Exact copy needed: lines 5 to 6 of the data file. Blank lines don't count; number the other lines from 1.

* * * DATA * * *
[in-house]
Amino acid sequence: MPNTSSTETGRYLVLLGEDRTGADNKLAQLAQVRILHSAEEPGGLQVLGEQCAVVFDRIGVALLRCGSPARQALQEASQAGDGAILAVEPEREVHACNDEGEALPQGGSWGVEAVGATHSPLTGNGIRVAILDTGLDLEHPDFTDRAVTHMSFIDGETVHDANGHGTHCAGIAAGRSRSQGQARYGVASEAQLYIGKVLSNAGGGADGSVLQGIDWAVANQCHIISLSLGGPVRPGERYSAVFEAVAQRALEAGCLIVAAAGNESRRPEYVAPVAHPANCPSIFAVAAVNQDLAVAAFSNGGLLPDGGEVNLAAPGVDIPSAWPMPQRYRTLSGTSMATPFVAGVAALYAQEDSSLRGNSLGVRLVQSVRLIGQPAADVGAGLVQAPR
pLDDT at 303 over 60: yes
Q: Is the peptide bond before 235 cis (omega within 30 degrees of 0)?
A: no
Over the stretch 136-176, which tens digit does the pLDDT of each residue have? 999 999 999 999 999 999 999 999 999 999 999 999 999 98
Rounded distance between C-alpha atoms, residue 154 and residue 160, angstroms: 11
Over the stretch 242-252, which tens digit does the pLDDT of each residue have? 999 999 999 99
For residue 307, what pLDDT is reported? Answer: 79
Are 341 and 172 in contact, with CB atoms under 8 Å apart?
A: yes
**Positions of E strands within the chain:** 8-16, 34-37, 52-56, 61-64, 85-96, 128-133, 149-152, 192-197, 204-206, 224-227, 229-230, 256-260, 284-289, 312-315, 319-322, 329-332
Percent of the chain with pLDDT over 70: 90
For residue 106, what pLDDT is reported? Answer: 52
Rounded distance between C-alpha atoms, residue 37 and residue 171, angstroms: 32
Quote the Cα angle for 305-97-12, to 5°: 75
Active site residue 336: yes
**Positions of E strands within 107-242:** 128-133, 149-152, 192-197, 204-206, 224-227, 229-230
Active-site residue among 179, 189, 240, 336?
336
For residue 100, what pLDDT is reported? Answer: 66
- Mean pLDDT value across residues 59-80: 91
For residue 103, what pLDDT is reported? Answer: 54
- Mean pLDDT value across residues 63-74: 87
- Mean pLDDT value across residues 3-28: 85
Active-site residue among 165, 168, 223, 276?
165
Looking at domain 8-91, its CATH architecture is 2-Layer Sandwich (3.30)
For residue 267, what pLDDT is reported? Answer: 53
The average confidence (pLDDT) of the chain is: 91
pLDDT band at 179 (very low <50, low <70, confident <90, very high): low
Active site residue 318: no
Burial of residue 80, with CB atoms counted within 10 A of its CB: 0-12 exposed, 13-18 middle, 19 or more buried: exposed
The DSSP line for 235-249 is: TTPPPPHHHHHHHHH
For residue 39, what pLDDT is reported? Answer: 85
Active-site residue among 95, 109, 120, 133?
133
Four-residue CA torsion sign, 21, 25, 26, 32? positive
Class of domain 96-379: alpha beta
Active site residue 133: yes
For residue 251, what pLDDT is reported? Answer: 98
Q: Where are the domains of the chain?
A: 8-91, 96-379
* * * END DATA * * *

A: no
Over the stretch 136-176, which tens digit does the pLDDT of each residue have? 999 999 999 999 999 999 999 999 999 999 999 999 999 98